• Avocados: Keep avocados at room temperature until they are fully ripened. Once the fruits are fully ripe, store them in the crisper drawer in the fridge. If you want to store cut or mashed avocado, sprinkle the fruit with lemon juice and store it with the pit to prevent oxidation and extend edibility. The lemon juice acts as a barrier to protect the avocado flesh from turning brown from exposure to oxygen.
  • Bananas: Store at room temperature. To help slow the process of ripening, pull the bananas apart if you purchased them in a bunch. Refrigerate bananas only after fully ripened or if you’ve cut into one. Premature refrigeration will disrupt or halt ripening. You can also use bananas to help speed the ripening process of other fruits and vegetables, including apples and avocados. To do this, place a banana inside a brown paper bag or a kitchen drawer with underripe produce. After a few days, the unripe should become ripe! This is thanks to a compound called ethylene gas that bananas emit which causes ripening. 
  • Berries: Refrigerate fresh immediately, and only rinse what you will be using just before eating them. Leave green caps on (Ex: strawberries) to preserve freshness. If you can not eat all of the berries before they go soft, you can easily freeze berries. Simply spread them out on a baking sheet and place them in the freezer for an hour or so, until fully frozen solid. Then transfer the frozen berries to an airtight container or bag and keep them in the freezer for up to three months. Use frozen berries for baked goods, smoothies, or with yogurt in the morning. 
  • Citrus: Store in the crisper drawer of the fridge. This includes limes, lemons, oranges, grapefruit and other citrus fruit. 
  • Grapes: Keep cold. Store in the fridge, rinsing off what you want to use before eating. Keep the grapes attached to the vine for as long as possible. 
  • Green Beans: Store in the refrigerator crisper drawer if you have one. Just before use, rinse the beans n cool water, drain. Cut the ends of the beans off before steaming, grilling, etc.
  • Leafy Greens: Store in your fridge’s crisper drawer. Rinse and dry thoroughly before use. Always remove brown or slimy leaves before storage, as these can cause other leaves to become brown or wilted. Place the greens in a loose plastic bag from your store’s produce section or use large storage bags.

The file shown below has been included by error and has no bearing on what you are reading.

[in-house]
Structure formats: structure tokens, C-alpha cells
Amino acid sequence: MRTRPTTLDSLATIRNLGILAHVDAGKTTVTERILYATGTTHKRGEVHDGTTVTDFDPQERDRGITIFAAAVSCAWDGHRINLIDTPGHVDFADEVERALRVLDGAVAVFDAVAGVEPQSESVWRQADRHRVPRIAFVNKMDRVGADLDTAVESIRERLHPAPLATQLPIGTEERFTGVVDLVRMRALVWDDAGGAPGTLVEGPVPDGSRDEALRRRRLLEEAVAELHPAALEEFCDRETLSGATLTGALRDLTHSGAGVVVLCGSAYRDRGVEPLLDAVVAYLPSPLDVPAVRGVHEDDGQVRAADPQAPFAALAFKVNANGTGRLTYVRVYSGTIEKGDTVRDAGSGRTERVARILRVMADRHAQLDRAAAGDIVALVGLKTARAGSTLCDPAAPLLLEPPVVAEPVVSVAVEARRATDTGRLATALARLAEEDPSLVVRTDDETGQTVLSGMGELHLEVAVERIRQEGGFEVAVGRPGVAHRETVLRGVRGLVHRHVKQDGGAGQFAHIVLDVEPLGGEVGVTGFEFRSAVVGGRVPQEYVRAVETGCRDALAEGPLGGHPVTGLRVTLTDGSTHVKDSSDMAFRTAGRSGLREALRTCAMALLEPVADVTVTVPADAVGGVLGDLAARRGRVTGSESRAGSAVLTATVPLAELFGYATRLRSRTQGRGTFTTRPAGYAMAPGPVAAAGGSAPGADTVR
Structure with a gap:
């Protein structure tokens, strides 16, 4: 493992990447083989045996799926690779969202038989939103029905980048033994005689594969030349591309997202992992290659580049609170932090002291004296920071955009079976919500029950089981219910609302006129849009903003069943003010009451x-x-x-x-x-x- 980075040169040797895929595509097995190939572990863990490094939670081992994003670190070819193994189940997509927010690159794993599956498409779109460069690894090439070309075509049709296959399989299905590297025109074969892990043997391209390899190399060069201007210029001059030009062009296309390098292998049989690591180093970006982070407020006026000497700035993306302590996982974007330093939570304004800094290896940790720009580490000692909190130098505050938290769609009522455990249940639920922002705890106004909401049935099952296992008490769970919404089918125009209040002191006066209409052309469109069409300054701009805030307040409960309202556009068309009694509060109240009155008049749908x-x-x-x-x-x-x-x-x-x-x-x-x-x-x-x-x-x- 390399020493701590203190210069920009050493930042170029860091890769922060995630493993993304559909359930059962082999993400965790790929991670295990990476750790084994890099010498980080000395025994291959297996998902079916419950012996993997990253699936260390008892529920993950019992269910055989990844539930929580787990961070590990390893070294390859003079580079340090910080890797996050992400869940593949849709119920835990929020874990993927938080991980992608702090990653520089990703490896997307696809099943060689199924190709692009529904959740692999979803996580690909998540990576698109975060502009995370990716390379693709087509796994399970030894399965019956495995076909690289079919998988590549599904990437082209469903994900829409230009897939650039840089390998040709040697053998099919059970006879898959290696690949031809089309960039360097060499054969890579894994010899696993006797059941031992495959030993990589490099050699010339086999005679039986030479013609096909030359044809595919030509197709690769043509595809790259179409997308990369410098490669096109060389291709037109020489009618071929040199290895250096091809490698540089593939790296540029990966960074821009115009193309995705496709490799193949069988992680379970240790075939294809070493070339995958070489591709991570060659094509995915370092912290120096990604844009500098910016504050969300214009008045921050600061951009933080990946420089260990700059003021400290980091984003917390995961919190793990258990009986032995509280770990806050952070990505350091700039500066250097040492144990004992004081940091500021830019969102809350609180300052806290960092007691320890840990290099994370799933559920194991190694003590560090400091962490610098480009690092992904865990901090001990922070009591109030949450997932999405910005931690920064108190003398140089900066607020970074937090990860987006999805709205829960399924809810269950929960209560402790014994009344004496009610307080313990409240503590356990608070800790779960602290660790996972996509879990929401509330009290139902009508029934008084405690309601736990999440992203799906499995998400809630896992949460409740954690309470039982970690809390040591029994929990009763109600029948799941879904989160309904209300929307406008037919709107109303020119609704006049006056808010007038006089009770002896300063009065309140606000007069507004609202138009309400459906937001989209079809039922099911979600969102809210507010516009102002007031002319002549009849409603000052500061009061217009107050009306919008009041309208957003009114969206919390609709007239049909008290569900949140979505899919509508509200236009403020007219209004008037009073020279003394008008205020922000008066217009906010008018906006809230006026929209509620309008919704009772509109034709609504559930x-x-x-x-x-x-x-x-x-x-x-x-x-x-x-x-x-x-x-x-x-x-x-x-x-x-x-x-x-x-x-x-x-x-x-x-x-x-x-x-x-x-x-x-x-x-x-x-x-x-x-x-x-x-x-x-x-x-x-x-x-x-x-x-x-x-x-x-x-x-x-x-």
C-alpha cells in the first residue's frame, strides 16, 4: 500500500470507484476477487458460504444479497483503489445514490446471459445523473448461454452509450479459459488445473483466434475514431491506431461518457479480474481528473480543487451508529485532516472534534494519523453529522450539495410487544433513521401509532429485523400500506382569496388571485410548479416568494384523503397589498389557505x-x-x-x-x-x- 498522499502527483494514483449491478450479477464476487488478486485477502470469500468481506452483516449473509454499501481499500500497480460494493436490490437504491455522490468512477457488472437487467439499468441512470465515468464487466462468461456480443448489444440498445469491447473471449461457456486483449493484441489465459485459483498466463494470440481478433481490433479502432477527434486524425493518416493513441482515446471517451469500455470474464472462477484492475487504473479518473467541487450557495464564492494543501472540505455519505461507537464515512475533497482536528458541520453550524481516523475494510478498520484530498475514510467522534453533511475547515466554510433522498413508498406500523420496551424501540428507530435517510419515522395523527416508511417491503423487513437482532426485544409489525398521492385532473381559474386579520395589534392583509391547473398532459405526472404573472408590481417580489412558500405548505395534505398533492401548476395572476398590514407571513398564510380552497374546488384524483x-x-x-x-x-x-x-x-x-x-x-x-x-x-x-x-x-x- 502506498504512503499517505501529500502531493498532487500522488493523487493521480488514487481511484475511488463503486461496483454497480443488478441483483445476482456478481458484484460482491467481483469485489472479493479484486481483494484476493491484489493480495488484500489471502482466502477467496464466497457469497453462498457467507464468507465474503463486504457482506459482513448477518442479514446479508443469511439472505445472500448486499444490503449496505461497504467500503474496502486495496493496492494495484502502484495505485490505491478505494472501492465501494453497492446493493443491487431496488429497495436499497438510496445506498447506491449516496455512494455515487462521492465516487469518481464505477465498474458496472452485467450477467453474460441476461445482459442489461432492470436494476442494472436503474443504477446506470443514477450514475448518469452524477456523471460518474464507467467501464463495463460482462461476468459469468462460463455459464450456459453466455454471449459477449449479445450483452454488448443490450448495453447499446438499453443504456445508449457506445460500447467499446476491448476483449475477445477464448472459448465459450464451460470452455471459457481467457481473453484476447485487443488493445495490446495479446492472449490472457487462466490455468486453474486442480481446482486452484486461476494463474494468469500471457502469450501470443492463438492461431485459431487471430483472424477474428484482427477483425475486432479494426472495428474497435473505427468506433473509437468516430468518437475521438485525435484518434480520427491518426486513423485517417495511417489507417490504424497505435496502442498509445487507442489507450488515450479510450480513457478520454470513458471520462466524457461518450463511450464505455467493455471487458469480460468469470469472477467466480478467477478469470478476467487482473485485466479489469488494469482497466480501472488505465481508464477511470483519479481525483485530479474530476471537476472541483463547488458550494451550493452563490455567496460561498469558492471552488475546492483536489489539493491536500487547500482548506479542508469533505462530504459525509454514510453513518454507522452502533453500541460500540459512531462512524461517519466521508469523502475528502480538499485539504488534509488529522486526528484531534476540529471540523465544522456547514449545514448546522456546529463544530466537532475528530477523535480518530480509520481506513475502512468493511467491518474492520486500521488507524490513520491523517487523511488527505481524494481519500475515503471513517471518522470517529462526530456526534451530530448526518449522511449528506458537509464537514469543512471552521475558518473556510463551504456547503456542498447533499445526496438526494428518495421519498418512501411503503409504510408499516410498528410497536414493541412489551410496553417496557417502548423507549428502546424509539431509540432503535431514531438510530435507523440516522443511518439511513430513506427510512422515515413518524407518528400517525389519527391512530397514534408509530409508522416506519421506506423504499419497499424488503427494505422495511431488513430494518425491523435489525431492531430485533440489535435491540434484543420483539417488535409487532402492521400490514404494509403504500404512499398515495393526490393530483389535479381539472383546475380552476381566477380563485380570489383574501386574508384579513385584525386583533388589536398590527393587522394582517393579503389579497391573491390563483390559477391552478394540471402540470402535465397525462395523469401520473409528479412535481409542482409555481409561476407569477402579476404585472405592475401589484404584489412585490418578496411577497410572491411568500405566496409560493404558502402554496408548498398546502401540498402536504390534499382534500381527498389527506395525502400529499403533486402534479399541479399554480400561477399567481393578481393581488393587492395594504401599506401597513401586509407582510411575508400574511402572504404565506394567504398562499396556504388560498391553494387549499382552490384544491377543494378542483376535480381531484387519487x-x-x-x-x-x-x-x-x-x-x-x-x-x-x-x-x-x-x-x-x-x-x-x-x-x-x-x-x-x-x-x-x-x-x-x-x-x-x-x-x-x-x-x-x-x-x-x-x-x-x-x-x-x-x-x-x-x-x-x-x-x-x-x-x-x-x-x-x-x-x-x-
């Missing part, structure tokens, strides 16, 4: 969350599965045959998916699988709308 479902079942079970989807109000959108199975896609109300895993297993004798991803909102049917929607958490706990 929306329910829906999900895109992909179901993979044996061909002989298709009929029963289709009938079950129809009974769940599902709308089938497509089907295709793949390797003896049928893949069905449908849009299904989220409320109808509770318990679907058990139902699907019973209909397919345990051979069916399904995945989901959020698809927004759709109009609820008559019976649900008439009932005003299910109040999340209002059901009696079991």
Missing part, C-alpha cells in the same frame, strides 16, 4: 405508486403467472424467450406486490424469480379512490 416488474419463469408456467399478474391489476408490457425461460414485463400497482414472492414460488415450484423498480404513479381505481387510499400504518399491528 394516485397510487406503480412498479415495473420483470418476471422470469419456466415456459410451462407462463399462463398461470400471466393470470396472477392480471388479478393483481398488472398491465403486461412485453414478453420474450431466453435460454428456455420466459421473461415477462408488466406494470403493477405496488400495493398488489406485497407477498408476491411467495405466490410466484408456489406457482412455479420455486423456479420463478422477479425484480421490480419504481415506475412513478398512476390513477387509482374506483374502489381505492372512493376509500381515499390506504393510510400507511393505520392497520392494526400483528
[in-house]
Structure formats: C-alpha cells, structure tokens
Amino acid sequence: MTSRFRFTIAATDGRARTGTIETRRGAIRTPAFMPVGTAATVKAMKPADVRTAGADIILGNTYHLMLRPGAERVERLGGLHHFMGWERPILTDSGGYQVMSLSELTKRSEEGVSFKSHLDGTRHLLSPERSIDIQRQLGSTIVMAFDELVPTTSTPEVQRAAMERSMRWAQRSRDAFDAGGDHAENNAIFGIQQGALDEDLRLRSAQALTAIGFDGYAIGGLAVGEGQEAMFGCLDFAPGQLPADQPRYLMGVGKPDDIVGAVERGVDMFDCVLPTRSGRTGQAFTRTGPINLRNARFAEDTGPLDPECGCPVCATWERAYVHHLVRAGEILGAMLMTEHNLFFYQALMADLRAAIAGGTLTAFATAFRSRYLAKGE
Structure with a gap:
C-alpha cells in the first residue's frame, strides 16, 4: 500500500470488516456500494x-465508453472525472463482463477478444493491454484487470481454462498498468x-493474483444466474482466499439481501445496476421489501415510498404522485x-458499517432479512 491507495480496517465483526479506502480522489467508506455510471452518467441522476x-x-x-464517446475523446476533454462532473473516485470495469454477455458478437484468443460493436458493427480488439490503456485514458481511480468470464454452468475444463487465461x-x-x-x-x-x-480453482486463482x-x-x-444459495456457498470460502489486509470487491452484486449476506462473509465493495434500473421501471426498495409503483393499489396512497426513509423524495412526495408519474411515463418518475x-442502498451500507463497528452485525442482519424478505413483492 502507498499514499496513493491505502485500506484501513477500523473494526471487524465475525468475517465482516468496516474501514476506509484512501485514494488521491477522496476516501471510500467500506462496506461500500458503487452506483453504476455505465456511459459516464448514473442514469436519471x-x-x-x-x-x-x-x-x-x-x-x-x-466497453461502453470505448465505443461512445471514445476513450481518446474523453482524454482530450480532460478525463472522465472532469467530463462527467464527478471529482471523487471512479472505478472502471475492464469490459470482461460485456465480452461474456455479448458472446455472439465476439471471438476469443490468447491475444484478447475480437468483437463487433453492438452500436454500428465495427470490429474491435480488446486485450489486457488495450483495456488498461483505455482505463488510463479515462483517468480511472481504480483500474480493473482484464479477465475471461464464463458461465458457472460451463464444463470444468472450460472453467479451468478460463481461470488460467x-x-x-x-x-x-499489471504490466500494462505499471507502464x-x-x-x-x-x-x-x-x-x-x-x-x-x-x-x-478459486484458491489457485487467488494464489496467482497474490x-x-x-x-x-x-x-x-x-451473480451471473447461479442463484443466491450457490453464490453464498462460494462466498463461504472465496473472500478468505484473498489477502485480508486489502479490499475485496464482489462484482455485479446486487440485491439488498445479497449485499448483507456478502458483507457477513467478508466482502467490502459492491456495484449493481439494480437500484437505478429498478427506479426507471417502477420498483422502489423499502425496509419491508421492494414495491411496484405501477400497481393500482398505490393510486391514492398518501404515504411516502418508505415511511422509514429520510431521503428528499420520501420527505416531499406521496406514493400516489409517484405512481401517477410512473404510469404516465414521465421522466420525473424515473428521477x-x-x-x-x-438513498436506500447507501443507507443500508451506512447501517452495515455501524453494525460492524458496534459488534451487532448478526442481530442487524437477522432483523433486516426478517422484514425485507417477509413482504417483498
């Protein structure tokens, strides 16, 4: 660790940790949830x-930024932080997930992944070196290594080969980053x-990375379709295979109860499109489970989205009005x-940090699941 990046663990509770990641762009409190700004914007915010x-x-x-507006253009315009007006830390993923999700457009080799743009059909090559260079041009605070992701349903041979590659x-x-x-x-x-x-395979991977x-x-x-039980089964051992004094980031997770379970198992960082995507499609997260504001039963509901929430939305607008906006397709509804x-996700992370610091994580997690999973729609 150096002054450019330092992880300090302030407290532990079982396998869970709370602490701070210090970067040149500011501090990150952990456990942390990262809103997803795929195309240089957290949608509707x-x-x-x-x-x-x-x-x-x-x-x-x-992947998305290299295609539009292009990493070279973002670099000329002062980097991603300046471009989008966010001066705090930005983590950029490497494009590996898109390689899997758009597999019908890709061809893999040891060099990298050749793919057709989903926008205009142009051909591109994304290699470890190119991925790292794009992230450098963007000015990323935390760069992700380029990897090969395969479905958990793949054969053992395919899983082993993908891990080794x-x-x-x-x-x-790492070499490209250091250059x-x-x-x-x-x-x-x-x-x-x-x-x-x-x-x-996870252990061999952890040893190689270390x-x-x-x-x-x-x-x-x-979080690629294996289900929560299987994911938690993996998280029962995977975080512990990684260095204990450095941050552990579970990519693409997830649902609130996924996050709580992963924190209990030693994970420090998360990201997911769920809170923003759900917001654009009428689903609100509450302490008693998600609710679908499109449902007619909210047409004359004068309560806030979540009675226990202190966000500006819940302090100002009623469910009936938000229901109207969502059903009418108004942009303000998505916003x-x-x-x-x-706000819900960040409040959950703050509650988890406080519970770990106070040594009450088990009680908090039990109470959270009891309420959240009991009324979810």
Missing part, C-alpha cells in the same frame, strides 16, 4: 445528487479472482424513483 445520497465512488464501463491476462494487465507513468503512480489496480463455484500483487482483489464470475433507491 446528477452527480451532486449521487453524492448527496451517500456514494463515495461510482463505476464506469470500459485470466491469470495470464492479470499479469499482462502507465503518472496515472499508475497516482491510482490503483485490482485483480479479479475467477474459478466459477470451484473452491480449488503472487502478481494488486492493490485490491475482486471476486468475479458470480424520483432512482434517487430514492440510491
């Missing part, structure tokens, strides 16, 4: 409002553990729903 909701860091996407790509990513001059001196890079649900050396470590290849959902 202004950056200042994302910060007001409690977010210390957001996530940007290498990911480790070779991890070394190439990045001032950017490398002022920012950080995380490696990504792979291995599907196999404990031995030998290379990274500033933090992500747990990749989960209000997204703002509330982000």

• Onions: Store root vegetables like onions in a cool, dry place. Peeled or sliced onions should be stored in the fridge and wrapped tightly in plastic wrap or sealed in an airtight container. 
  • Potatoes: Do not refrigerate potatoes (both regular and sweet potatoes). Instead, store your spuds in a cool, dry place, such as a cabinet or drawer. It’s important to keep potatoes and onions separate because onions emit ethylene gas, which causes potatoes to sprout.
  • Sweet Peppers: Keep refrigerated in a storage bag or container in the crisper drawer. Wash just before consuming. Properly stored peppers will stay fresh for up to 2 weeks.
  • Tomatoes: Store fresh tomatoes at room temperature and out of direct sunlight. Do not refrigerate tomatoes, as the cold can cause the fruits to become soft and mealy. 
  • Cabbage: This is one of the longest-lasting fresh produce items you can buy at the grocery store. Store whole, uncut cabbage in the crisper drawer, and it should last for weeks. Once you cut the cabbage, wrap it closely in plastic wrap and store it in the crisper drawer. If the cut edge becomes dried out at all, you can simply slice off the exposed portion and use the rest of the cabbage as normal.

Now that many of us are no longer hitting the grocery store as often as we used to, we need to shop smarter and ensure that what we buy will last until our next trip. Fortunately, what’s old is new again as we (re)learn how to extend produce freshness and also discover ways to stretch our food dollars.

Put these tips and tricks to use to best store your fresh produce for the longest possible shelf life and maximum flavor and nutrition.